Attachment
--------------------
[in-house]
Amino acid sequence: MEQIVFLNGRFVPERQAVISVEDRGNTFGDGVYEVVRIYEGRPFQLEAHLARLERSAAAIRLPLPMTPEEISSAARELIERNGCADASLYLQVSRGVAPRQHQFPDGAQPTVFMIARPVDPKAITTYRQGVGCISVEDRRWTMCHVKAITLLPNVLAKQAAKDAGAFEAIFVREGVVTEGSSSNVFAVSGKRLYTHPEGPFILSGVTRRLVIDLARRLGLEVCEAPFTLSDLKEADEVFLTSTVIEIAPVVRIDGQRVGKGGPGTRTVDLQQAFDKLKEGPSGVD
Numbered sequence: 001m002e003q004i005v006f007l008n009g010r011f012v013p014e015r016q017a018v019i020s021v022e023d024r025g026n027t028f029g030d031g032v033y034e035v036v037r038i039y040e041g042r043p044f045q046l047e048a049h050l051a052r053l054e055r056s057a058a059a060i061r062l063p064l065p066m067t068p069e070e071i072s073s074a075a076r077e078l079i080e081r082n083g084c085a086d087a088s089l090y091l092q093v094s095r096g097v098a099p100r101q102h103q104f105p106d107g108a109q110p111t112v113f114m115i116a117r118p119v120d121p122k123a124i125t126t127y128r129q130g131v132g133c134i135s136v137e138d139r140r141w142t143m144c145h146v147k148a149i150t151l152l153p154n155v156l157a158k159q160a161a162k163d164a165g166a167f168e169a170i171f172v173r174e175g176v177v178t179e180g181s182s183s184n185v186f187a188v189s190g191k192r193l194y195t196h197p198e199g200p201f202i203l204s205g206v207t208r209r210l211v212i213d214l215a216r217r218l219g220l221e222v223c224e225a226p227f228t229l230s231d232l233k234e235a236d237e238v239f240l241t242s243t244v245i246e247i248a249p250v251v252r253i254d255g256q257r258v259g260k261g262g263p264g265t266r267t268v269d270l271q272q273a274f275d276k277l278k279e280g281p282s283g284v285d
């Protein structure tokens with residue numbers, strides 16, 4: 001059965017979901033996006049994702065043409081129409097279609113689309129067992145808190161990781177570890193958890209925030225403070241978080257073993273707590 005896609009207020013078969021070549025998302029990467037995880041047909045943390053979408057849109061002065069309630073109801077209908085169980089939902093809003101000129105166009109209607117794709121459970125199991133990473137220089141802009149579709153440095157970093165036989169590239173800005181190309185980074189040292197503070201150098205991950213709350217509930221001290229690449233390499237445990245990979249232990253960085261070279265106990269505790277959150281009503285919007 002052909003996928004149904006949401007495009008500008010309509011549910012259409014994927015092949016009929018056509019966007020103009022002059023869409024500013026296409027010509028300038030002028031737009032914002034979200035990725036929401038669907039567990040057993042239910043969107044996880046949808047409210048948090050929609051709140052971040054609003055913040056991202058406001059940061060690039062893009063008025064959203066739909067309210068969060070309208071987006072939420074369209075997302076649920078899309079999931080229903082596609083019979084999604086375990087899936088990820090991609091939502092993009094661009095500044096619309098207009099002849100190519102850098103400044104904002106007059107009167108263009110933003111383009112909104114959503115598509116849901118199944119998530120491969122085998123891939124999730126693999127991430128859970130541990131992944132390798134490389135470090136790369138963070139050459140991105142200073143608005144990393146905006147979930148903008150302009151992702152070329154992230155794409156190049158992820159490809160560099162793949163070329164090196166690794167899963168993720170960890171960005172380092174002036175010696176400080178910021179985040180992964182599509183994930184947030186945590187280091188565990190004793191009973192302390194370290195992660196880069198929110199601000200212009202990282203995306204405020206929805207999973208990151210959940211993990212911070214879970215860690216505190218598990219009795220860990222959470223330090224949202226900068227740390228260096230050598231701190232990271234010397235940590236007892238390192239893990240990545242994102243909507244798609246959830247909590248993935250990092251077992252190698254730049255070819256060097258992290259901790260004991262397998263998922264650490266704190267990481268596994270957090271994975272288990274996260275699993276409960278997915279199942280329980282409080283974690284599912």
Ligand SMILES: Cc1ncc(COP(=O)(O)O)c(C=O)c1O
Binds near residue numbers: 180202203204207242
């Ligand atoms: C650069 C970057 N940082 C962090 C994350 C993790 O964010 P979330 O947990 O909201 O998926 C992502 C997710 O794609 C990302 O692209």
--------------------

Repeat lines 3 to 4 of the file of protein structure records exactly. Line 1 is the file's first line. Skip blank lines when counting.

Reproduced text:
Numbered sequence: 001m002e003q004i005v006f007l008n009g010r011f012v013p014e015r016q017a018v019i020s021v022e023d024r025g026n027t028f029g030d031g032v033y034e035v036v037r038i039y040e041g042r043p044f045q046l047e048a049h050l051a052r053l054e055r056s057a058a059a060i061r062l063p064l065p066m067t068p069e070e071i072s073s074a075a076r077e078l079i080e081r082n083g084c085a086d087a088s089l090y091l092q093v094s095r096g097v098a099p100r101q102h103q104f105p106d107g108a109q110p111t112v113f114m115i116a117r118p119v120d121p122k123a124i125t126t127y128r129q130g131v132g133c134i135s136v137e138d139r140r141w142t143m144c145h146v147k148a149i150t151l152l153p154n155v156l157a158k159q160a161a162k163d164a165g166a167f168e169a170i171f172v173r174e175g176v177v178t179e180g181s182s183s184n185v186f187a188v189s190g191k192r193l194y195t196h197p198e199g200p201f202i203l204s205g206v207t208r209r210l211v212i213d214l215a216r217r218l219g220l221e222v223c224e225a226p227f228t229l230s231d232l233k234e235a236d237e238v239f240l241t242s243t244v245i246e247i248a249p250v251v252r253i254d255g256q257r258v259g260k261g262g263p264g265t266r267t268v269d270l271q272q273a274f275d276k277l278k279e280g281p282s283g284v285d
């Protein structure tokens with residue numbers, strides 16, 4: 001059965017979901033996006049994702065043409081129409097279609113689309129067992145808190161990781177570890193958890209925030225403070241978080257073993273707590 005896609009207020013078969021070549025998302029990467037995880041047909045943390053979408057849109061002065069309630073109801077209908085169980089939902093809003101000129105166009109209607117794709121459970125199991133990473137220089141802009149579709153440095157970093165036989169590239173800005181190309185980074189040292197503070201150098205991950213709350217509930221001290229690449233390499237445990245990979249232990253960085261070279265106990269505790277959150281009503285919007 002052909003996928004149904006949401007495009008500008010309509011549910012259409014994927015092949016009929018056509019966007020103009022002059023869409024500013026296409027010509028300038030002028031737009032914002034979200035990725036929401038669907039567990040057993042239910043969107044996880046949808047409210048948090050929609051709140052971040054609003055913040056991202058406001059940061060690039062893009063008025064959203066739909067309210068969060070309208071987006072939420074369209075997302076649920078899309079999931080229903082596609083019979084999604086375990087899936088990820090991609091939502092993009094661009095500044096619309098207009099002849100190519102850098103400044104904002106007059107009167108263009110933003111383009112909104114959503115598509116849901118199944119998530120491969122085998123891939124999730126693999127991430128859970130541990131992944132390798134490389135470090136790369138963070139050459140991105142200073143608005144990393146905006147979930148903008150302009151992702152070329154992230155794409156190049158992820159490809160560099162793949163070329164090196166690794167899963168993720170960890171960005172380092174002036175010696176400080178910021179985040180992964182599509183994930184947030186945590187280091188565990190004793191009973192302390194370290195992660196880069198929110199601000200212009202990282203995306204405020206929805207999973208990151210959940211993990212911070214879970215860690216505190218598990219009795220860990222959470223330090224949202226900068227740390228260096230050598231701190232990271234010397235940590236007892238390192239893990240990545242994102243909507244798609246959830247909590248993935250990092251077992252190698254730049255070819256060097258992290259901790260004991262397998263998922264650490266704190267990481268596994270957090271994975272288990274996260275699993276409960278997915279199942280329980282409080283974690284599912």